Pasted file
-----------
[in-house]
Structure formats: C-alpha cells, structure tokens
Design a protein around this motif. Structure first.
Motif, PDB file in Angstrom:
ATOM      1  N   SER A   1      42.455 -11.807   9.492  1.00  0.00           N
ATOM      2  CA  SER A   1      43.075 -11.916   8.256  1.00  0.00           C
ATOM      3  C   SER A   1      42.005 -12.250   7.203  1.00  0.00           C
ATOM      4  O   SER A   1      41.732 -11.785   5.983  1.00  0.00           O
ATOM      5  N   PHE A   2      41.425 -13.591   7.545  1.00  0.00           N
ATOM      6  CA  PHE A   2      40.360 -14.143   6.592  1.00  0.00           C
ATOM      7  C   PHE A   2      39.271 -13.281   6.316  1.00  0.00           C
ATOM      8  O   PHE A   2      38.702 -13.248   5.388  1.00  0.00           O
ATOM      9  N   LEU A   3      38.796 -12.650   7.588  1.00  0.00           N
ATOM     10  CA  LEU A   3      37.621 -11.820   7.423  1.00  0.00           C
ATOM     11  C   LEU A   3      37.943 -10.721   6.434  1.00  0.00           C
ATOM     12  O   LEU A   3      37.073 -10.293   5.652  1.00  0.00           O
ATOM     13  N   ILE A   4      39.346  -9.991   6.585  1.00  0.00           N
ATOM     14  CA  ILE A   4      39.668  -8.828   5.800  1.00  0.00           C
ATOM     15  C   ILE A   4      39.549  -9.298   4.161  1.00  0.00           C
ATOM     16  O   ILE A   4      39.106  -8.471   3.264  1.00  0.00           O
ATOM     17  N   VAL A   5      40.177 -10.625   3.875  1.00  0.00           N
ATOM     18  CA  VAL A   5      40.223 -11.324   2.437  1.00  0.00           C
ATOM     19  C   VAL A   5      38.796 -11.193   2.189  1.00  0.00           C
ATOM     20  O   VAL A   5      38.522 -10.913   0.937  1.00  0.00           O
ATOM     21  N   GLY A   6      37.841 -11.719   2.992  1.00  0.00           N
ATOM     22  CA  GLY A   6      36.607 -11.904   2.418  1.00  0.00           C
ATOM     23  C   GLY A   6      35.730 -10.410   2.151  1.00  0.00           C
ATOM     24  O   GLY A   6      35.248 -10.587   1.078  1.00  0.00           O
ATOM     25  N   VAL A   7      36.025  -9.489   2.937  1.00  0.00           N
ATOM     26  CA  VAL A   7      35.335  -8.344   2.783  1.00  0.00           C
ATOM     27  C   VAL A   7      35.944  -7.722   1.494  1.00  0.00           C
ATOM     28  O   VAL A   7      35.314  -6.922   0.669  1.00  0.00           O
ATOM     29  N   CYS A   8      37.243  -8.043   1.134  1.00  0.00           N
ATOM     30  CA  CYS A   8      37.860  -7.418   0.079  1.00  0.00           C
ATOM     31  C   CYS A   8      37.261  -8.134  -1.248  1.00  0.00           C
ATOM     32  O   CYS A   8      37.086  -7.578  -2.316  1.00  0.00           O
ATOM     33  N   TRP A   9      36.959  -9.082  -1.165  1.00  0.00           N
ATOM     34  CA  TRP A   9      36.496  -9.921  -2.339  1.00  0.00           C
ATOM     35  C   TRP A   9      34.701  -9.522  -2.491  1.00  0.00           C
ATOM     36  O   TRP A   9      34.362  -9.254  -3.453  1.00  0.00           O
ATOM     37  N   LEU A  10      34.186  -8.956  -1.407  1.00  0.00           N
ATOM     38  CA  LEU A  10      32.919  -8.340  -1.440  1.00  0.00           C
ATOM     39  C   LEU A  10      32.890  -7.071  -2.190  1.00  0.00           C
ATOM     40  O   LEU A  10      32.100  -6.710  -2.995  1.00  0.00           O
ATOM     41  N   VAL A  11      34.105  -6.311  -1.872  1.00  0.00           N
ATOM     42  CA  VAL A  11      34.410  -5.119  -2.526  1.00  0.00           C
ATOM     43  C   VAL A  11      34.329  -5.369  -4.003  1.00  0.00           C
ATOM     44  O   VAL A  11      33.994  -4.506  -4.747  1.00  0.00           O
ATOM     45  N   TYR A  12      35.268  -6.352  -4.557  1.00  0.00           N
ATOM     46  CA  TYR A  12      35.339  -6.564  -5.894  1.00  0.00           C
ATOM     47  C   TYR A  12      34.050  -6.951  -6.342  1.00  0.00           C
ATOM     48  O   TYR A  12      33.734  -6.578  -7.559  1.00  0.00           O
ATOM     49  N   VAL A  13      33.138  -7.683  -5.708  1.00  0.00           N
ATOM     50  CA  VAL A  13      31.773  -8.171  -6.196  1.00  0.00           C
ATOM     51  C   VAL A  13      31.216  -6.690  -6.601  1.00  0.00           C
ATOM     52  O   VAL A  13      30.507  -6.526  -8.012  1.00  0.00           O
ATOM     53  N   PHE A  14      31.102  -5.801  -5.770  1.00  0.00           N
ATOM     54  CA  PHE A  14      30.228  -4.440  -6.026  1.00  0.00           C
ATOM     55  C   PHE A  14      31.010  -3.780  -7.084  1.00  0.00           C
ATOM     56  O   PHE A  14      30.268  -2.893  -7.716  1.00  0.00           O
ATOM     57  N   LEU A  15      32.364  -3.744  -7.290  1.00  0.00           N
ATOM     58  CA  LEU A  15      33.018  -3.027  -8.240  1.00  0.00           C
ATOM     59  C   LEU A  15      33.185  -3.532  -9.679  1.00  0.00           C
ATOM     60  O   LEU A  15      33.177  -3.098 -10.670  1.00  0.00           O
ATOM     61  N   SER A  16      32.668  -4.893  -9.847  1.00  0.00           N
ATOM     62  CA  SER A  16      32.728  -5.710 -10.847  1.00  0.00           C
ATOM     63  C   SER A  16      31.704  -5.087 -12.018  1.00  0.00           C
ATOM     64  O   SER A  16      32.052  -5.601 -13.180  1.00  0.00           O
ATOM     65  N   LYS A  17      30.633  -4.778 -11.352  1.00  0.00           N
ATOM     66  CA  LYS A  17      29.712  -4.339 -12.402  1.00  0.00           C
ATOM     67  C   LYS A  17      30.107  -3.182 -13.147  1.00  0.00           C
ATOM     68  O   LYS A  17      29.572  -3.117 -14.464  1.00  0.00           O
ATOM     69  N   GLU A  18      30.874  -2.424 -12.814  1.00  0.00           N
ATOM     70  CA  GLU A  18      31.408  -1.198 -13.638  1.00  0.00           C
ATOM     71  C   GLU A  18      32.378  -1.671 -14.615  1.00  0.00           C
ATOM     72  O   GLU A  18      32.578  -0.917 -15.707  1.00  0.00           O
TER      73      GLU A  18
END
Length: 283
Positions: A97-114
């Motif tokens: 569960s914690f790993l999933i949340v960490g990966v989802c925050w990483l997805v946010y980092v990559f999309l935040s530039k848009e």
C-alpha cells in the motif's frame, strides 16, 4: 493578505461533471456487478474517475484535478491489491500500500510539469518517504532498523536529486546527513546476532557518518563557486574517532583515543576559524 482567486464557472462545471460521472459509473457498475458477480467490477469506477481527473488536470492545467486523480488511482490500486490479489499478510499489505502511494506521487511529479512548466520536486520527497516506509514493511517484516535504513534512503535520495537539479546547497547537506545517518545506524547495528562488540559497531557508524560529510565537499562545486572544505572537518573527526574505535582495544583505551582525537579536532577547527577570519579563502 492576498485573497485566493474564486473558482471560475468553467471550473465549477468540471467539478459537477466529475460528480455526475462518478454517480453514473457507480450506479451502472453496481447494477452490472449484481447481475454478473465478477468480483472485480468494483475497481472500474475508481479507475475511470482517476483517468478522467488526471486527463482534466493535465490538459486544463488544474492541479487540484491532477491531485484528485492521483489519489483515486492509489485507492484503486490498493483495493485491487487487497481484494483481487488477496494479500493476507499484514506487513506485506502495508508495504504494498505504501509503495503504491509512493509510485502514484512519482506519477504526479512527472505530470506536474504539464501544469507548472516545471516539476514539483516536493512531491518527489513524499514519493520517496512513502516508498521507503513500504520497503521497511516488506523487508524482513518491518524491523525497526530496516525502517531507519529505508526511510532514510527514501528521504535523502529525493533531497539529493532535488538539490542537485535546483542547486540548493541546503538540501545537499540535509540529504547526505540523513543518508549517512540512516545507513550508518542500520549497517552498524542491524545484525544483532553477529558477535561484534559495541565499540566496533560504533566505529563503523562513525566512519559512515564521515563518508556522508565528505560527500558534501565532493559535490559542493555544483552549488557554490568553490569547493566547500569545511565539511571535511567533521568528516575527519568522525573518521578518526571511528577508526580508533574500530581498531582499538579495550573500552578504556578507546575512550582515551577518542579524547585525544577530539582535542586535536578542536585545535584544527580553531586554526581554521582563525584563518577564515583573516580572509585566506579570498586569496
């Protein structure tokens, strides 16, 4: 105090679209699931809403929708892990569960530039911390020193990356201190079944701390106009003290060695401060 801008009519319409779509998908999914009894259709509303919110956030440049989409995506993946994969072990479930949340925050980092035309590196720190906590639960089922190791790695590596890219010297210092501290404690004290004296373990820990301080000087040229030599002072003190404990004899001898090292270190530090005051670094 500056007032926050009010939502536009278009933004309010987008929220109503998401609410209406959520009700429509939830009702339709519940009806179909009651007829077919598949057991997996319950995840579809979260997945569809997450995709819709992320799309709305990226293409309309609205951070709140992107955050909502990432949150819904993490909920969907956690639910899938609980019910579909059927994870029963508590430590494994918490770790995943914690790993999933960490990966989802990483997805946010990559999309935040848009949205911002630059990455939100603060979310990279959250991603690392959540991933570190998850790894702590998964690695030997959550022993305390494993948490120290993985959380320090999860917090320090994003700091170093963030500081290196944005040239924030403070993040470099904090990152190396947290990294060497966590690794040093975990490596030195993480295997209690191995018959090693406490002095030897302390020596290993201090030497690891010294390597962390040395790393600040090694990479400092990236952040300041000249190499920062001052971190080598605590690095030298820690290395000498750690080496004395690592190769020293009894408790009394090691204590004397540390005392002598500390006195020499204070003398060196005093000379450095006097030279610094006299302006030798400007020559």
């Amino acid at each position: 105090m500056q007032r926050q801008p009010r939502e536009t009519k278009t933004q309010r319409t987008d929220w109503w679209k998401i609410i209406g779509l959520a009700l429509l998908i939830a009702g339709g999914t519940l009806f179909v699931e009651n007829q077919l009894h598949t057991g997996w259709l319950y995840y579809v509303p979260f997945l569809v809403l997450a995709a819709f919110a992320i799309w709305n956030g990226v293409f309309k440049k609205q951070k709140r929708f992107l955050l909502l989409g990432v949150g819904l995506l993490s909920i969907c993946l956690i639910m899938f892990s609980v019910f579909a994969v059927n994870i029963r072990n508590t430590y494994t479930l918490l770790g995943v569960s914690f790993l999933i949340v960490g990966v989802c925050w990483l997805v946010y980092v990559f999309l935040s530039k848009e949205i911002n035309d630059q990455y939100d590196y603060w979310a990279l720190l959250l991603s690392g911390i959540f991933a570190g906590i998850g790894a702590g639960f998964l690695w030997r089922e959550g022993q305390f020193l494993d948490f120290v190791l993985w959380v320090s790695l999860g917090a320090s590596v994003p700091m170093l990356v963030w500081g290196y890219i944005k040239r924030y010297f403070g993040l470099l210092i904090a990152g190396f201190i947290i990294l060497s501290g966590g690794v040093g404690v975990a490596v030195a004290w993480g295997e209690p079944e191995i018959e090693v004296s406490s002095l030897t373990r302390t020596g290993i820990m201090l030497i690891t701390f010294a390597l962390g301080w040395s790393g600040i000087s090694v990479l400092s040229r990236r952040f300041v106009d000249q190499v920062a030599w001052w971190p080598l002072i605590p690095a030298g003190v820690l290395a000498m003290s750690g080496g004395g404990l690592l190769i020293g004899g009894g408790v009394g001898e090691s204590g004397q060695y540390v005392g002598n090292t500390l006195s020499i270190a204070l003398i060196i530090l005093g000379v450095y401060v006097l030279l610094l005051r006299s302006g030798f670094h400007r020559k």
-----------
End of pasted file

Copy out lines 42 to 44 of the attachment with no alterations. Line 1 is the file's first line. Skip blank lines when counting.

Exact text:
ATOM     38  CA  LEU A  10      32.919  -8.340  -1.440  1.00  0.00           C
ATOM     39  C   LEU A  10      32.890  -7.071  -2.190  1.00  0.00           C
ATOM     40  O   LEU A  10      32.100  -6.710  -2.995  1.00  0.00           O